God’s reign, or kingdom, operated in power throughout the Bible. Jesus’ first coming brought the kingdom in an immediate, personal encounter. At Pentecost the Holy Spirit began to widely manifest God’s presence and power among his people. At Jesus’ second coming, the Kingdom and God’s purposes will be completed.
Right now we live between two points in salvation history, the two comings. We are in what theologian George Ladd called “the presence of the future.” God’s kingdom is “already” (inaugurated) but “not yet” (consummated). In this in-between time God has promised the church his continuing presence, spiritual gifts, and the manifestation of his power.
The term used most commonly throughout Scripture for the manifestations miraculous is “signs and wonders”—signs of his work among us and wonders of his supernatural power. History testifies that in some times and places God’s people have done better at operating in the supernatural than at others.
To function well in kingdom terms, we seek and follow the Holy Spirit’s leading rather than function on our own. We operate less by programs and more by God’s leading. We let go of our own control of the church, though we still need organization. We do ministry based on our spiritual gifts rather than by committee and assignment, because in a church body each person’s gifts complement the others’. We take risks and actually hold God to his Word. It’s called “faith,” and is often spelled R-I-S-K.
The Scriptures and the Power of God
It was trick-question day in Jerusalem, and Jesus fended off the Pharisees, nailing them with, “give to Caesar what is Caesar’s, and to God what is God’s.” Then the Sadducees took a shot at him with the conundrum of a woman married to seven successive guys—whose wife would she be at the resurrection? Jesus replied in Matthew 22:29 with a universal truth that shut them down and astonished the crowd: “You are in error because you do not know the Scriptures or the power of God.”
He applied that statement to the issue they raised. And it remains for us to apply the same statement to countless specific issues in our own lives.
We will fall into error when we don’t know or learn what the Bible says—or when we ignore or forget what the Bible says—or when we don’t take the Bible seriously. We will fall into error when we don’t believe the power of God—or when we forget answered prayer in the past and don’t expect answers now—or when we hesitate because God didn’t answer our prayer the way we hoped. Knowing and believing God’s Word and power are the basic foundation for doing things his way.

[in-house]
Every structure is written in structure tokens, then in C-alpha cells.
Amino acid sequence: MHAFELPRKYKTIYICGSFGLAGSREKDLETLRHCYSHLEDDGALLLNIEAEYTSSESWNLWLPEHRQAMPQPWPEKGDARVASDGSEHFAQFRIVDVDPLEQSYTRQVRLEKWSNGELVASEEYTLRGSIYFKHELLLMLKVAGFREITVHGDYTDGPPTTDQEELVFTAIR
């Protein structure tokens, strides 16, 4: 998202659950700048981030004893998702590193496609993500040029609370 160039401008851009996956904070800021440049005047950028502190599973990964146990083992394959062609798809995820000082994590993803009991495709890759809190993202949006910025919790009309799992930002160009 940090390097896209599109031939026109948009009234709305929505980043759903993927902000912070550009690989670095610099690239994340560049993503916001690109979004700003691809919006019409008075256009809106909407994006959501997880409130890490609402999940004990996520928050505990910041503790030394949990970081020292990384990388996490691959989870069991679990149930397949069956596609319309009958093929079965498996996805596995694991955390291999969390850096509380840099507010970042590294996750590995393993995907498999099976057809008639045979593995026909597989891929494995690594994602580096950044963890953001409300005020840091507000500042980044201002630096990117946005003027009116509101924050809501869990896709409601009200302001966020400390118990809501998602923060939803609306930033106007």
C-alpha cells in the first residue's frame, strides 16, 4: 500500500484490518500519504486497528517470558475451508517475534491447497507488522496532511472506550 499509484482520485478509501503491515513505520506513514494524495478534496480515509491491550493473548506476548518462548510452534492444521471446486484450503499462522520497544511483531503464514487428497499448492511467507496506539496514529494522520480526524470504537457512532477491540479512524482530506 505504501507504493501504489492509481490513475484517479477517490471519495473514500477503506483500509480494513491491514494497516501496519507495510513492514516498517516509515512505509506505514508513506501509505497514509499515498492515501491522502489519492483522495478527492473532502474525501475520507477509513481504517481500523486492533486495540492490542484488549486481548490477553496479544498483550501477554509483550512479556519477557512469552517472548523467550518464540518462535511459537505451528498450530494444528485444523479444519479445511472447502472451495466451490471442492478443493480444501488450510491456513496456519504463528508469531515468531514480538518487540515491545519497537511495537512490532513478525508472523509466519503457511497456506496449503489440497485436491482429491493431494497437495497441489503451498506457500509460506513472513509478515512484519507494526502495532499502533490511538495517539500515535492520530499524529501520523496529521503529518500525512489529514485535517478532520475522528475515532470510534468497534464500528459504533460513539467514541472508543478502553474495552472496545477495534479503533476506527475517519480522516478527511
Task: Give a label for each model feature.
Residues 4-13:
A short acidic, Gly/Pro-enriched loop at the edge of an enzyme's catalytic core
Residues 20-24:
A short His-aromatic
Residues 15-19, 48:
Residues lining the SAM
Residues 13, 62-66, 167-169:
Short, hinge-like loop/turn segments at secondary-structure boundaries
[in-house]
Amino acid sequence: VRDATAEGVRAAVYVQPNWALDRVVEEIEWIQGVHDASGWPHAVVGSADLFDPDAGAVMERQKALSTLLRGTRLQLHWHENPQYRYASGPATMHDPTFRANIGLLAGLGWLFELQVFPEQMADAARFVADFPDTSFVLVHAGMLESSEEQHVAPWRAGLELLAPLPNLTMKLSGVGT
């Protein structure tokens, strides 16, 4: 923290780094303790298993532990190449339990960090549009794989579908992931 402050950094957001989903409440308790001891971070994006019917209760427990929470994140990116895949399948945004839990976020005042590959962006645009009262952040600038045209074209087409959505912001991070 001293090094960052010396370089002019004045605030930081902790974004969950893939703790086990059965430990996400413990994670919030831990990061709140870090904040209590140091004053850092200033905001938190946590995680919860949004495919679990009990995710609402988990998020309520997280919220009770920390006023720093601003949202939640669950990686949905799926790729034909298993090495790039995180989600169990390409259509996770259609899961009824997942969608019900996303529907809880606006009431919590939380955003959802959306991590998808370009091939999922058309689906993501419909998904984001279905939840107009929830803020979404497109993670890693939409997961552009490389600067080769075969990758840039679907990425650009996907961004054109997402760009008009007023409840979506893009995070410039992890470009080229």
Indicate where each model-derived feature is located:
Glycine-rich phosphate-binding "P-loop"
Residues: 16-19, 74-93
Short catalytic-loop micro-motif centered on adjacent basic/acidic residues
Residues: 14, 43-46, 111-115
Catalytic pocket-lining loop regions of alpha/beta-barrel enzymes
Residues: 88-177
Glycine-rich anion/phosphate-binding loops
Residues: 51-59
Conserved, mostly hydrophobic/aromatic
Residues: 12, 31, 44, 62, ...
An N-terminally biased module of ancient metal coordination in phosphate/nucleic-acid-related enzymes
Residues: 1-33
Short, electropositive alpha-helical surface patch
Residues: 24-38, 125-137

A Simple Path
Without going through a lot of training in all this, what’s a person to do? Let’s keep it simple with an approach that has served well for people around the world: faith and humility. Prioritize those two in tandem, and watch God work in your life and touch others.
We can have great faith and be naïvely triumphal—then beat others over the head with spiritual pride and insensitivity. We can have faith without love, and be as Paul said in 1 Corinthians 13:1–2, “a resounding gong or a clanging cymbal,” which makes us “nothing.” We can have faith in faith until it overshadows our faith in God. On the other hand, our faith can get so tangled up with doubt that it gets lost in rationalizations about why we shouldn’t really believe all that stuff in the Bible. But even if our minds doubt, our hearts can still believe (see Mark 11:23). Jesus said throughout the gospels that he acted according to our faith. Not our need or our crying, but our expectation that he will do what he said he would do.
We can have great humility and be so self-deprecating that we never step out and act on God’s behalf. Godly humility is the kind Moses had, where in Numbers 12:3 he is described as “more humble than anyone else on the face of the earth.” That may sound crazy when said of a national leader, but his godly humility consisted of seeking and trusting God and not taking situations into his own hands, as well as not getting puffed up by what God did through him. Godly humility submits and says, “Yes, Lord.”
The truest foundation for faith and humility is love—the culminating virtue of life, as expressed throughout Scripture. Love motivates us to act and keeps our motivation pure.
Isaiah’s prophecy noted the high place of God’s esteem for those who join humility with faith in his word: “This is the one I esteem: he who is humble and contrite in spirit, and trembles at my word” (66:2).
This approach is simple. But it’s not easy. Truly following God in the footsteps of Jesus is never easy. But it’s the most fulfilling and eternal path a person can follow.
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